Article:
My furnace stopped working, it had some read-outs saying the exhaust
was not working.
Turns out the exhaust pipe was full of water and filled the exhaust
fan with water.
I cleaned all of this out, but now I want to correct the problem.
My exhaust PVC travels from the furnace to the outside wall. There is
a belly in this pipe. Thats were the water was sitting.
Looks like I need to have it angled to drain back to the furnace - I
need to correct the belly.
Is there a standard size for this type of pipe? Mine looks to be 3"
dia. Rather large.
I checked these and all is clear.
I do have some leaking from the internal furnace plastic part that the
drain connects too.
Not sure if it can be fixed.
Looks like the part has a manufactured split in it that is sealed.
The type of replacement pipe will depend on where you live. Some states may
have different regulations. Canadian regs. require a special grade of high
temperature PVC, identified as "System 636". Home depot carries the 2" size,
Lowes both 2" and 3" sizes. Any old equipment still running with plumbing
grade PVC or ABS are required to change the vent material if any alterations
are done to the venting.
It may even be imprinted with the size, but in any case, it is a standard
size. You can always cut a piece out and take it to the plumbing supply
with you. It is either 3" or 4" for that application. Check the furnace
manual for installation information and how much pitch the pipe should have.
PVC will sag over a long stretch. Add some hangers to keep it from sagging
Contact the manufacturer and ask them for an installation manual. IT will be
very useful now, and in the future.
It should be standard PVC sizes. You must aliminate any low spots in the pipe.
Any water that condenses in the pipe must find a slope either towards the
furnace or outside.
Could the water in the pipe have come from outside? There should be no way for
it to do that, make sure there isn't.
Actually, on mine, the installation
instructions require a 90 on the
output. I asked why. The rep said it
was to prevent wind from
causing back pressure in the combustion
area. He said this could
cause the unit to shut down. And he
said, a 45 was not
adequate because air could still blow in.
On Mon, 02 Nov 2009 04:05:36 -0800, ransley wrote:
I assume they're supposed to drain toward the furnace so that no exhaust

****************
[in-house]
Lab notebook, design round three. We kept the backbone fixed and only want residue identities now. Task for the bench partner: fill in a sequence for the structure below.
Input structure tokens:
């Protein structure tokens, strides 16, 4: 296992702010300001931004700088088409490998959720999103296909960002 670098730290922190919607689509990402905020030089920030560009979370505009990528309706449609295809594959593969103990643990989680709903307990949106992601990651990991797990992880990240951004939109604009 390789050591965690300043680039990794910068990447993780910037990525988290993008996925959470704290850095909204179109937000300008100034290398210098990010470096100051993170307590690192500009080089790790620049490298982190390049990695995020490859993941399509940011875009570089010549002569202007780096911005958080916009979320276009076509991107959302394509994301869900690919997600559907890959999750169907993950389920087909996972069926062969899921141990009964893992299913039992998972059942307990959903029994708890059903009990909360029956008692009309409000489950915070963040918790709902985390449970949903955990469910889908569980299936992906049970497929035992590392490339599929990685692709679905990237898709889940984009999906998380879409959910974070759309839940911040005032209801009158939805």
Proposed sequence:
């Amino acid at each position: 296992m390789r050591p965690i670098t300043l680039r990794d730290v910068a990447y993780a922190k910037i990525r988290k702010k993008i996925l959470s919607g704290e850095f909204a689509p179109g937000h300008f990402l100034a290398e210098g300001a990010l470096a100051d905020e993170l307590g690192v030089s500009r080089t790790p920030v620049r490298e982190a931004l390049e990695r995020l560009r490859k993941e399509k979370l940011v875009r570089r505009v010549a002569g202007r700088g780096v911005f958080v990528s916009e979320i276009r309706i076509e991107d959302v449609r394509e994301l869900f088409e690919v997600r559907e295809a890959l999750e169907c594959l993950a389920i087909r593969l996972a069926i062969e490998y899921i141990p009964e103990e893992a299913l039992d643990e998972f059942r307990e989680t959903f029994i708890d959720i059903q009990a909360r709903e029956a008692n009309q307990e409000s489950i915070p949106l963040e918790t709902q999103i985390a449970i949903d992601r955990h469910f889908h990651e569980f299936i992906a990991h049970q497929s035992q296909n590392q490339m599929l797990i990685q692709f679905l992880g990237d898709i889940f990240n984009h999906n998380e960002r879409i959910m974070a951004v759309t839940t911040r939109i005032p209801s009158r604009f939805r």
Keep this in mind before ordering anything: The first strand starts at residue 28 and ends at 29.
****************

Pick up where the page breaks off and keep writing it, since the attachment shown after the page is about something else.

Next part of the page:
gas can get trapped at a high point in the system (in which case having a
pipe that bottoms out partway through might be a bad thing anyway) - it'll
always clear to the atmosphere.
Ours currently vents outside at about 3' off the ground via a 90-degree
elbow which keeps moisture out, although I think according to building
codes (we don't really have any where I am) it's supposed to vent at roof
height (which seems like common sense anyway - I'll fix ours sometime)
Yeah, I'm not surprised (I remember our home inspector did flag it when
we bought the place, too).
The other thing is that our furnace currently sources intake air from very
close to the exhaust outlet, which seems like a pretty bad idea to me. I'm
curious to know what codes in areas that have them say about that as
presumably there are recommended minimum distances (I can re-route one or
the other through the basement easily enough, but maybe I'm better off
taking the exhaust up to roof height and leaving the air intake at waist
height outside - then they have a reasonable separation but without any
basement changes). Reasonably quick/easy/cheap project, anyway...
Oh, ours is all on 2" pipe, just to add to comments for the OP.
I suspect that the furnace intake is not an issue, because the exhaust is
usually directed away from it, and there is no path that would allow intaken CO
to get into the living space. It would just go through the furnace and back out.
Typically 2 or 3 inch diameter. The pipe should slope back
towards the furnace, and there should be a drain to drain
off the water. It's normal and expected for these furnaces
to drain off a bunch of water while running. It's also
expected to get some water in the exhaust pipe.
My old Amana (1990s) used 2" all the way
out, however, newer ones
seem to have outputs of 2" or so, but
immediately up to 3". As to sloping
in or out, most seem to say that they
should slope in so the water doesn't
end up on the ground. In order to block
a 3" horizontal run, there must
be a lot of sag. But, if there is water
sloshing in the combustion fan, it
may not be the sloping (unless it is
really bad) causing the problem. In
my Amana, after about a year of use, the
drains would get plugged by
slime build up. When I removed the
drain from the fan, a whole lot of
water would come out. There was also a
drain on the secondary heat
exchanger. Its line would also get
slime balls in it and would require
periodic cleaning. A small bottle brush
with a long handle came in very
I live in Maryland and had a Carrier 92% efficient gas furnace installed
compliant with our codes 3 years ago. My exhaust PVC is supported by hangers in
the basement and slopes gently back towards the furnace so condensate will drain
back into the furnace as it should. Outside the penetration through the
foundation, they installed a 90 degree elbow facing up to the sky, with about a
2 foot length of straight PVC pipe in the open end of the elbow. Then, there is
a 180 degree elbow connected to that. This way, rain etc. does not enter the
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